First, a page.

A claimant is a person or business entity that files a claim to receive payment for a specific loss under the terms of an insurance policy.
What is a claimant?
A claimant is someone who requests payment from an insurer for covered losses. An insurance claimant could be the named insured – in other words, the person or business that is listed on an insurance policy’s declarations page. Or a claimant could be someone who is not the policyholder but is still covered by the insurance policy, also known as the additional insured. This could be an employee, a contractor, or a vendor.
For example, if one of your workers gets injured on the job, that person is considered a claimant under your workers’ compensation insurance policy.
Do you have to be a named or additional insured to be a claimant?
Not necessarily. Anyone who has suffered a loss or damage because of your actions or those of one of your employees could be considered a claimant and would be entitled to file a claim for benefits.
For instance, if an employee is driving your company vehicle and hits another car, the other person who suffered auto damage would be a claimant.
What is the difference between a claimant and the insured?
Simply put, the “insured” is a person or business entity that is covered by insurance. A “claimant,” on the other hand, can be any person or organization that suffered a loss and files a request to receive benefits from the insurer.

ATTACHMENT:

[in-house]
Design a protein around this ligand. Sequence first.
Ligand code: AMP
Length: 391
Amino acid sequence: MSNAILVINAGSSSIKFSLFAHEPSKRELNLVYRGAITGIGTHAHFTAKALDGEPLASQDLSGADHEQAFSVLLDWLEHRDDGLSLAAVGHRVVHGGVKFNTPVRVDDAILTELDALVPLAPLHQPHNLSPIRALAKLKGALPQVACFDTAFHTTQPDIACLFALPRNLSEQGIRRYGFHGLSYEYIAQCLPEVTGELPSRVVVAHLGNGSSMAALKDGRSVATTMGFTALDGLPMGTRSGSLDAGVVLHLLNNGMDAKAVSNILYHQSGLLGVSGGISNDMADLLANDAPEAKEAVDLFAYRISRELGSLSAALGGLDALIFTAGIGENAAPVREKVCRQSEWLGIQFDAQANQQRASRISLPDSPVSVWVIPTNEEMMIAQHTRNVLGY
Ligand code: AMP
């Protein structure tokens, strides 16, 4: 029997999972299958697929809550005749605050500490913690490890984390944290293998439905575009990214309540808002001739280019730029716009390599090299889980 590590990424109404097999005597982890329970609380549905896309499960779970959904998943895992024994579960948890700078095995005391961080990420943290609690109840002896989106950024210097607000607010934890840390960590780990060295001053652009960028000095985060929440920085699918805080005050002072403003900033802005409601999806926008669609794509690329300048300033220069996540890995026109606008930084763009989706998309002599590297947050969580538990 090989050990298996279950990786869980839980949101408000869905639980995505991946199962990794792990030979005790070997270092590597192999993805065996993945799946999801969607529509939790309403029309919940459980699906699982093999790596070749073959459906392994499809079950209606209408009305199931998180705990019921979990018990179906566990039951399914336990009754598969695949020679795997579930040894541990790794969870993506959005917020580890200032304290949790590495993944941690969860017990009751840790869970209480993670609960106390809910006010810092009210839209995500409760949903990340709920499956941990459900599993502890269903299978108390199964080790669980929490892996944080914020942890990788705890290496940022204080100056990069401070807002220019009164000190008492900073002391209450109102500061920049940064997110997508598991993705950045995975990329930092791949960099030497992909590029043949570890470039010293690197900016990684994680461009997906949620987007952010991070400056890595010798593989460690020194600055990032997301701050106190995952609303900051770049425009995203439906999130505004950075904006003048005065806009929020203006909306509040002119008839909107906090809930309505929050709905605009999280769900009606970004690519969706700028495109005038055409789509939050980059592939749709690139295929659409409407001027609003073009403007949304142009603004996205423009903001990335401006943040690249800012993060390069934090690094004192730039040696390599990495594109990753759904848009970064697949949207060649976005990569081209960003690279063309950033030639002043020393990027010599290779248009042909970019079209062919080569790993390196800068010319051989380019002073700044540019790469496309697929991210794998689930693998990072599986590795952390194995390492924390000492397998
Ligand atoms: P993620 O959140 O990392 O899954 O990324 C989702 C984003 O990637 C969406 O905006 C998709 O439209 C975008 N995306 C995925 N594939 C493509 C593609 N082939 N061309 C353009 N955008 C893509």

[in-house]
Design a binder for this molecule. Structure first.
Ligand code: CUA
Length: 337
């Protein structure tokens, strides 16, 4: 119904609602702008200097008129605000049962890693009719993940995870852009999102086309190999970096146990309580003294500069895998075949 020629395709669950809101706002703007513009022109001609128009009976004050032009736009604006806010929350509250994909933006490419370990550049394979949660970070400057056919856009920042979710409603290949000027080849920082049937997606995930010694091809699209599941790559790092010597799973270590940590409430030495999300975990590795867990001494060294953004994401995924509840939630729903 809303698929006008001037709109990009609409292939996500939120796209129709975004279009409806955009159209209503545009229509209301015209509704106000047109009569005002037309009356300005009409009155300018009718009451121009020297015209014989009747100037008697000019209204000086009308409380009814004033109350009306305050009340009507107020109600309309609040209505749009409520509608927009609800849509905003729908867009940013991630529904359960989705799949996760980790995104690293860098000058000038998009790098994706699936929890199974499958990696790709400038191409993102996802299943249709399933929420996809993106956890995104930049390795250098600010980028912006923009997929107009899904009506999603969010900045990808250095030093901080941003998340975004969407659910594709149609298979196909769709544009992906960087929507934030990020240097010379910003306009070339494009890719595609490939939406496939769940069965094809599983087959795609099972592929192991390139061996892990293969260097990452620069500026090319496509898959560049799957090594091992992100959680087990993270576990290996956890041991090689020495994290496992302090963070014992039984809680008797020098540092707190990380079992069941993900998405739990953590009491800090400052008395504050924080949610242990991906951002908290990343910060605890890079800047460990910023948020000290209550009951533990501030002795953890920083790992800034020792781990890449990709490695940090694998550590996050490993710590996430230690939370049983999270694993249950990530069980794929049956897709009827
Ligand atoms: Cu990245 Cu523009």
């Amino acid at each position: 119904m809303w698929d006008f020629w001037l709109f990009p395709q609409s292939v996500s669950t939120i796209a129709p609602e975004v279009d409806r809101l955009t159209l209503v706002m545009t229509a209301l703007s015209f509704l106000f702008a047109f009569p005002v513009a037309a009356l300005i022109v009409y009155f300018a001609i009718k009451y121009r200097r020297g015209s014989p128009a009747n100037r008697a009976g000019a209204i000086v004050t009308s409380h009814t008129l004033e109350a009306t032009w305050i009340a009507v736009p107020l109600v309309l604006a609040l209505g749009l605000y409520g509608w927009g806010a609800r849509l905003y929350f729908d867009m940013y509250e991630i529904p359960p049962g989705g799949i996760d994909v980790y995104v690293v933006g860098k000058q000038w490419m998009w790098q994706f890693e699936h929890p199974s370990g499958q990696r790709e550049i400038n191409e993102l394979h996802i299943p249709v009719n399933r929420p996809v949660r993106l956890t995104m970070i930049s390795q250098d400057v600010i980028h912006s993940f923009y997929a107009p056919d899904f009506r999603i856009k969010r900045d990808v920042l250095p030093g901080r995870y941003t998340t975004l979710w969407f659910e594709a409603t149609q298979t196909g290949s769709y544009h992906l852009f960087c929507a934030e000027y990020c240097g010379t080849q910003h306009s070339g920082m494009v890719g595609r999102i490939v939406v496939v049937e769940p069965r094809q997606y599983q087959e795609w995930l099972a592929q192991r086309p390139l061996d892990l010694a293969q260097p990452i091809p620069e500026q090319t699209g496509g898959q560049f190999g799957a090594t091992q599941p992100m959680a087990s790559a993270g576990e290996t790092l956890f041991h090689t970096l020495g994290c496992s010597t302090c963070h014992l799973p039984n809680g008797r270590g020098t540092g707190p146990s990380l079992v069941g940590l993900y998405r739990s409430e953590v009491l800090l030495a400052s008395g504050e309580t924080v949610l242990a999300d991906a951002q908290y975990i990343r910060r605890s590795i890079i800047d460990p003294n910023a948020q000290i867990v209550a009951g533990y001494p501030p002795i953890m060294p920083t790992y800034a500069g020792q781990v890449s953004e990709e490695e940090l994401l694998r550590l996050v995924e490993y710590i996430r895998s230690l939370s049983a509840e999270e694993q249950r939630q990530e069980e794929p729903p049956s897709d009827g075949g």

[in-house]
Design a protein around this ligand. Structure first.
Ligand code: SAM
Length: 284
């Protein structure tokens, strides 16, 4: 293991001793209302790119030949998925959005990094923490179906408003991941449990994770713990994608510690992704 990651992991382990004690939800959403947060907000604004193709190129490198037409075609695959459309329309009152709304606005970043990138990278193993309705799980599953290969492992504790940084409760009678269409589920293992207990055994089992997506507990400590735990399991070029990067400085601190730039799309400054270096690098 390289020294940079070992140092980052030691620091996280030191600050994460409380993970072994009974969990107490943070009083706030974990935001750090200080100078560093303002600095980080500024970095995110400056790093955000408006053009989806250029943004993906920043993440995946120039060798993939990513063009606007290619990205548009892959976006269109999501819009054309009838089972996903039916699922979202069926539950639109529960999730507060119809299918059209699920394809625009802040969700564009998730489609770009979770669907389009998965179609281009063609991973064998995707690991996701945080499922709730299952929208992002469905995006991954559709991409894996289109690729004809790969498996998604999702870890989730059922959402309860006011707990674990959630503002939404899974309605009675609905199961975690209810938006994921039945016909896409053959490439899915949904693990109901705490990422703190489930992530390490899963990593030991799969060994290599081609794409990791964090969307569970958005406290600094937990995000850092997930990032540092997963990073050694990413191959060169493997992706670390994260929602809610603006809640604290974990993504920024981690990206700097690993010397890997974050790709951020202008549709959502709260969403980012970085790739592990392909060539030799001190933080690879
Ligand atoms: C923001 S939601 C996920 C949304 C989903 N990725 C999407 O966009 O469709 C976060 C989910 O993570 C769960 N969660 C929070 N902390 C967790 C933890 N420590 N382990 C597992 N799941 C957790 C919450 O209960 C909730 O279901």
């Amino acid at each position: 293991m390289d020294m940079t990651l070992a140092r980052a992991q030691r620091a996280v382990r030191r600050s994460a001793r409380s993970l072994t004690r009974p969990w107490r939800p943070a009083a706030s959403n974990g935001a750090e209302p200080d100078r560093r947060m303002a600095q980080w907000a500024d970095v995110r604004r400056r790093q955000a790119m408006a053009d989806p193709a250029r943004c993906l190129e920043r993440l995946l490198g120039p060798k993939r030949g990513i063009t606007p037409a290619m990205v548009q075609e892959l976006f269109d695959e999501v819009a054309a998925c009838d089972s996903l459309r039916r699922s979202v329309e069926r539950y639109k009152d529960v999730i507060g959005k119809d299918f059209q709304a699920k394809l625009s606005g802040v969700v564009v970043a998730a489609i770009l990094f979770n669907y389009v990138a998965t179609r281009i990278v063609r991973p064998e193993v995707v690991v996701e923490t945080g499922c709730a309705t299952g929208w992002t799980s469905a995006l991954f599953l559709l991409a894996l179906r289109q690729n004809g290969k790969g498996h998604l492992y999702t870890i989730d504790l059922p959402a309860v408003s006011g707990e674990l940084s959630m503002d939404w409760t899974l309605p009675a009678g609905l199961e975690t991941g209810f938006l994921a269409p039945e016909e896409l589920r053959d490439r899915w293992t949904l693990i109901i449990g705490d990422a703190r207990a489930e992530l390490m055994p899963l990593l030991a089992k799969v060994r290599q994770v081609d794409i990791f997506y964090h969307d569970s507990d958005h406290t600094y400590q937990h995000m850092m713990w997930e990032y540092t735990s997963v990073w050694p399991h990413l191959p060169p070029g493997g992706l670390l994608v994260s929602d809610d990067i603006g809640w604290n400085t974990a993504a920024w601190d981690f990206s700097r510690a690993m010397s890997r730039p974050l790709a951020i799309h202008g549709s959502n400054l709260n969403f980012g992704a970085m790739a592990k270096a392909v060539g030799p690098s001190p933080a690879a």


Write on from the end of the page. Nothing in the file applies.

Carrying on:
One claim could result in more than one claimant. For example, say you operate a business intelligence company that handles sensitive information. If you experience a data breach, multiple claimants could be eligible to receive benefits under your cyber liability policy.
Does a claimant need to hire an attorney?
Typically a claimant won’t need professional help to receive benefits. An insurance claim is essentially a business negotiation. A claims adjuster is assigned to the case and investigates it to find out whether or not there is cause to deny the claim. If the claim is legitimate, the claims adjuster or customer representative will work to ensure that the claimant is paid in a reasonable amount of time.
But if a dispute arises or if a claim hasn’t been paid in a timely manner, a claimant could hire an attorney to resolve the issue.
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